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High school athletes’ choices to commit have come to be scrutinized by fans and media across the country
During their sophomore year, they dominate the high school landscape, and make themselves household names in basketball, football and baseball camps around America.
Eventually, top-notch schools take notice, begging these top recruits to be a part of their athletic programs.
Yet, for most high school athletes, the decision to continue to play a particular sport at an Ohio State, Texas or Syracuse may become a nightmare more than a blessing, sometimes due to social media.
With the emergence of Twitter, Facebook and Instagram, fans of these schools may become a pivotal part in recruiting. However, they may be more of a negative than a positive.
“Those things (social media) have affected recruiting enormously,” Georgia State Head Coach Bill Curry said to
Some high school athletes are even being recruited during their freshman year. Athletes are often quick to commit to a college without first weighing their options. While there are rules in the NCAA that prohibit high school freshman from verbally committing, by the time they are sophomores, coaches barrage these amateur athletes
with pitches of all sorts.
Texas recruits attacked
Although Demetrious Knox and Daniel Gresham committed to one school early, to the dismay of fans, they may still take official visits to other universities. This is where social media comes into play. College students and fans alike may attack these 15-18 year old amateurs, questioning their loyalty to their “commitment.”
University of Texas recruits Knox and Gresham faced
criticism after the two took unofficial visits to another
“Certain stuff — like name-calling — kind of hurts,” Knox said to longhornation.com. “I have to restrain myself from tweeting something back to that person. Everybody feels threatened that they’re going to have another big-name decommit. That’s understandable. But if I was going to do it, I would’ve done it by now.”
Texas, along with the University of Oregon, University of Michigan and Georgia Tech, have closed doors for recruits to visit other schools once they have made their commitment so that these prospective athletes will not be enticed by other schools.
College Park reunion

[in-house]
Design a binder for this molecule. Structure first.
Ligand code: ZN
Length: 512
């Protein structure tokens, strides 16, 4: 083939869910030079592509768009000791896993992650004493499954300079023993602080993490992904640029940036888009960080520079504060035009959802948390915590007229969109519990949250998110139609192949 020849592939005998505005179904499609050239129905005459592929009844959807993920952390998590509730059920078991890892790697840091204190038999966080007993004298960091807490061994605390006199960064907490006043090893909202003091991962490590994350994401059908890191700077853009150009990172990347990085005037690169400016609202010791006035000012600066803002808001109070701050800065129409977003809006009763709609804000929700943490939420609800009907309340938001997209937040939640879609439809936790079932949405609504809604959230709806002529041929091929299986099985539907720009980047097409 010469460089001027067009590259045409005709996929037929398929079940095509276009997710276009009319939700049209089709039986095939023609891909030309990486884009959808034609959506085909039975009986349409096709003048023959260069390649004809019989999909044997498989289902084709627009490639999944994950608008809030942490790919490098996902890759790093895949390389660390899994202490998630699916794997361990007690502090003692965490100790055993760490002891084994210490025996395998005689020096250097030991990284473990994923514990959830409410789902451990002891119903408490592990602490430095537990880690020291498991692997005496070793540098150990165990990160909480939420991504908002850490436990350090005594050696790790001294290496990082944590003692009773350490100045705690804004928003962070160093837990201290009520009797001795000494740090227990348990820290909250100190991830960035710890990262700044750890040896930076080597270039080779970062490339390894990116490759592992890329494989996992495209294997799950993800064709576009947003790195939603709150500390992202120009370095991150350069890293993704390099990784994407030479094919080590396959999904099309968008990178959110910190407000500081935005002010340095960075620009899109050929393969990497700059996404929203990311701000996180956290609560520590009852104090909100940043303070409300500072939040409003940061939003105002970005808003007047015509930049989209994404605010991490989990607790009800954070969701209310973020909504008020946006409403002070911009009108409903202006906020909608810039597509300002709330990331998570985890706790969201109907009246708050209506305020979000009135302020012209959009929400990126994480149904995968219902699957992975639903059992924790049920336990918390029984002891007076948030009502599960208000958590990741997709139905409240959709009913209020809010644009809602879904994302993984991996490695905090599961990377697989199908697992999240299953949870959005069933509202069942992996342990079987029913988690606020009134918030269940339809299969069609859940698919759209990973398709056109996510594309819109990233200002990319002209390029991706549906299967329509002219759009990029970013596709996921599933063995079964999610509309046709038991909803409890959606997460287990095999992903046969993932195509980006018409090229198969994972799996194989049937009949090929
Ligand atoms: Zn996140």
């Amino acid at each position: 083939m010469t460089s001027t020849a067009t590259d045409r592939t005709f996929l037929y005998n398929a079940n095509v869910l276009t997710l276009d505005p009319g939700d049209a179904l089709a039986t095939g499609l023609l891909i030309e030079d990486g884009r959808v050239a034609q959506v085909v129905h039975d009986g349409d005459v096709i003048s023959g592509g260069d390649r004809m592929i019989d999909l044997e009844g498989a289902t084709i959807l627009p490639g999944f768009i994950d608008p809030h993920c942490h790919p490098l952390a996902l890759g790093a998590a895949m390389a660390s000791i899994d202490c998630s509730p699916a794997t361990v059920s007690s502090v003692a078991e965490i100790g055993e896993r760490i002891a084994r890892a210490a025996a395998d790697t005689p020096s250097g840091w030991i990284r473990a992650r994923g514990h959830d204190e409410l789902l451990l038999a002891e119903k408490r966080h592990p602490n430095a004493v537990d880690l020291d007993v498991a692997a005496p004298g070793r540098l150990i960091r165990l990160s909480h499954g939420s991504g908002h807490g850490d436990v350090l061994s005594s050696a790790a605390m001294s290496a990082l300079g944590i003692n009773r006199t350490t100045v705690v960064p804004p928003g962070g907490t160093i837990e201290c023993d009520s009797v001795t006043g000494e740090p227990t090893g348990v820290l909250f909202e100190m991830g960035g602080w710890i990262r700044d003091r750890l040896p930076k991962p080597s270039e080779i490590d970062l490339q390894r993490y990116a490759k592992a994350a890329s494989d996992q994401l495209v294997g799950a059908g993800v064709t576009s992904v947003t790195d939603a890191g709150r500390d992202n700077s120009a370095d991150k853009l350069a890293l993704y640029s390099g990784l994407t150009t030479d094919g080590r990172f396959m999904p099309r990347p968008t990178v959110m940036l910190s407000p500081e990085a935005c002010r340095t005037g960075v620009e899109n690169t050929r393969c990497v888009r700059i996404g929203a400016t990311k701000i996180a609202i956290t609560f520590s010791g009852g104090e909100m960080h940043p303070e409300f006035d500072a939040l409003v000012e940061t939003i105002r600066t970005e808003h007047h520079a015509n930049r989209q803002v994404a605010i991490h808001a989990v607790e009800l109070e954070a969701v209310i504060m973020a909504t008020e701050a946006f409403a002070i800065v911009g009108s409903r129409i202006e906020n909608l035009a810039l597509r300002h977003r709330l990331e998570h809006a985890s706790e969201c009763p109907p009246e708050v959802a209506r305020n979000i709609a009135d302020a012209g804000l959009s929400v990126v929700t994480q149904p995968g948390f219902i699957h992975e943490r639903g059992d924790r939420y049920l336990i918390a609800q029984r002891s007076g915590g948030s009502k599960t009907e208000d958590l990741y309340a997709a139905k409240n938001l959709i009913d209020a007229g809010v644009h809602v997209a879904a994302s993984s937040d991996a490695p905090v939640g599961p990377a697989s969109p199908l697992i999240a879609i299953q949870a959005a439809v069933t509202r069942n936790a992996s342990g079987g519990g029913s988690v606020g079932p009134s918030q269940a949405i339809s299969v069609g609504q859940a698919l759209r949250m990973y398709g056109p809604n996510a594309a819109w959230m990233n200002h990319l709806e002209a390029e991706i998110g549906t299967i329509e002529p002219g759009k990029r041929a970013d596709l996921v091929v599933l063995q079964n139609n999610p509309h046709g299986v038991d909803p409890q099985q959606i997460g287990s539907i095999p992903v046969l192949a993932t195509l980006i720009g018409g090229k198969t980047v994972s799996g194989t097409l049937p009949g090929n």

After committing to the University of Maryland basketball program in 2011, current Virginia Cavalier freshman forward Justin Anderson faced scrutiny after decommitting because of the departure of former Maryland Head Coach Gary Williams.
It got to the point where Anderson had to delete his Facebook and Twitter accounts to escape the daunting and threatening messages he received from Maryland fans.
In February, Anderson returned to Maryland’s campus wearing Virginia Cavalier gear and led his team to victory.
“Before (Anderson) went out there, I told him not to do anything out of character,” Virginia guard Doug Bowman said to NBC 29. “We are your family and we got your back.”
The crowd heckled Anderson the entire game and booed every time he touched the ball. The Maryland fans chanted “traitor” to the 6-foot-5-inch freshman forward. However, Anderson was unphased by the crowd, finishing with 17 points and nine rebounds.
“I tuned it all out,” Anderson said to the Daily Progress. “I felt like we needed to come in here as a team and get a collective win. I think we all bore down as one unit and that was part of our success. … That’s what it is all about.”
Seth Curry transfers
Before his three-year stint at Duke University, guard Seth Curry was a highly touted freshman for Liberty University. During the 2008-09 season under former Head Coach Ritchie McKay, Curry led the Flames to a 23-12 record, scoring 20 points per game.
However, Curry decided to transfer after one season with Liberty, and McKay later left the program as well.
Liberty students criticized Curry’s decision to transfer to Duke. On Liberty forum boards, fans said that he set the program back years and that he was also the reason why McKay left.
Journey to LU
Liberty freshman Steven Thomas was a highly recruited shortstop from the state of Georgia who was primed to accept a scholarship to play at the University of Auburn. Unfortunately, he tore a muscle in his shoulder during his senior year of high school and chose to attend Liberty instead — but is not to playing baseball.
“I faced a little backlash from friends and such, but never from fans,” Thomas said. “They said vulgar things to me and said that I was a traitor for playing for Auburn instead of Alabama, I got through it though. It is funny because I never went to play ball there.”
For now, Thomas says that he has put his baseball career on hold and will focus on his global studies major.
“I was going to tryout and walk-on to Liberty’s baseball team, but I see bigger and better things for me than athletics,” Thomas said. “I will play intramural sports during my free time.”
Sports have become a crazed activity for those athletes who play them, and for the fans that watch them as well. Still, fans have to remember that it is only a game. Added pressure and criticism placed on high school athletes is unnecessary. Where the athlete goes to college is not the fans’ choice.